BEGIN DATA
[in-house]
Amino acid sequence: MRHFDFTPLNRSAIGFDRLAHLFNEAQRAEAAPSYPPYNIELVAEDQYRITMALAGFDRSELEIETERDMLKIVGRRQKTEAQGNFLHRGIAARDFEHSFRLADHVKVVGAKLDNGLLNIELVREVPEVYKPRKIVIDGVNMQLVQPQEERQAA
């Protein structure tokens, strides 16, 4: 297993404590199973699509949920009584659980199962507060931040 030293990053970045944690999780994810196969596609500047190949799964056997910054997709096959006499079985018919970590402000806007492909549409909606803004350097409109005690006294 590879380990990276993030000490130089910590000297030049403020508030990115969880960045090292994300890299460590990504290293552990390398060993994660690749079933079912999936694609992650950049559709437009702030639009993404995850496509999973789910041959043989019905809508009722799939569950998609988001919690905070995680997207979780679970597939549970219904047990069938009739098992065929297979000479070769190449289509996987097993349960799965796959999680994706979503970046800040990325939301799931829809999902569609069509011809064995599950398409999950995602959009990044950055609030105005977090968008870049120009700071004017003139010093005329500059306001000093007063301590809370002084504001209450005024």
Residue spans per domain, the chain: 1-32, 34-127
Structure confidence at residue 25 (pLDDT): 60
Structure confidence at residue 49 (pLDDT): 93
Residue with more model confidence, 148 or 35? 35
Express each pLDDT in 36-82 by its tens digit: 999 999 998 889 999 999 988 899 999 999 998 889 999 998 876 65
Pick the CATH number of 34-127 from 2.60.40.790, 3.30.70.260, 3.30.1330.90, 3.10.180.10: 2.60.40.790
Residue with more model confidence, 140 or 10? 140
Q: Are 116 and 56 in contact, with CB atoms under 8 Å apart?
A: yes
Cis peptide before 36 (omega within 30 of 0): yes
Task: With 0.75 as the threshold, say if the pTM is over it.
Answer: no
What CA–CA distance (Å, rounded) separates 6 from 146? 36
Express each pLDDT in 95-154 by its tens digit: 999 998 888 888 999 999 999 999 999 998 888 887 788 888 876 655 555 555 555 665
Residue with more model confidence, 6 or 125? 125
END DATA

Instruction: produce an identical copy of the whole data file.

[in-house]
Amino acid sequence: MRHFDFTPLNRSAIGFDRLAHLFNEAQRAEAAPSYPPYNIELVAEDQYRITMALAGFDRSELEIETERDMLKIVGRRQKTEAQGNFLHRGIAARDFEHSFRLADHVKVVGAKLDNGLLNIELVREVPEVYKPRKIVIDGVNMQLVQPQEERQAA
């Protein structure tokens, strides 16, 4: 297993404590199973699509949920009584659980199962507060931040 030293990053970045944690999780994810196969596609500047190949799964056997910054997709096959006499079985018919970590402000806007492909549409909606803004350097409109005690006294 590879380990990276993030000490130089910590000297030049403020508030990115969880960045090292994300890299460590990504290293552990390398060993994660690749079933079912999936694609992650950049559709437009702030639009993404995850496509999973789910041959043989019905809508009722799939569950998609988001919690905070995680997207979780679970597939549970219904047990069938009739098992065929297979000479070769190449289509996987097993349960799965796959999680994706979503970046800040990325939301799931829809999902569609069509011809064995599950398409999950995602959009990044950055609030105005977090968008870049120009700071004017003139010093005329500059306001000093007063301590809370002084504001209450005024």
Residue spans per domain, the chain: 1-32, 34-127
Structure confidence at residue 25 (pLDDT): 60
Structure confidence at residue 49 (pLDDT): 93
Residue with more model confidence, 148 or 35? 35
Express each pLDDT in 36-82 by its tens digit: 999 999 998 889 999 999 988 899 999 999 998 889 999 998 876 65
Pick the CATH number of 34-127 from 2.60.40.790, 3.30.70.260, 3.30.1330.90, 3.10.180.10: 2.60.40.790
Residue with more model confidence, 140 or 10? 140
Q: Are 116 and 56 in contact, with CB atoms under 8 Å apart?
A: yes
Cis peptide before 36 (omega within 30 of 0): yes
Task: With 0.75 as the threshold, say if the pTM is over it.
Answer: no
What CA–CA distance (Å, rounded) separates 6 from 146? 36
Express each pLDDT in 95-154 by its tens digit: 999 998 888 888 999 999 999 999 999 998 888 887 788 888 876 655 555 555 555 665
Residue with more model confidence, 6 or 125? 125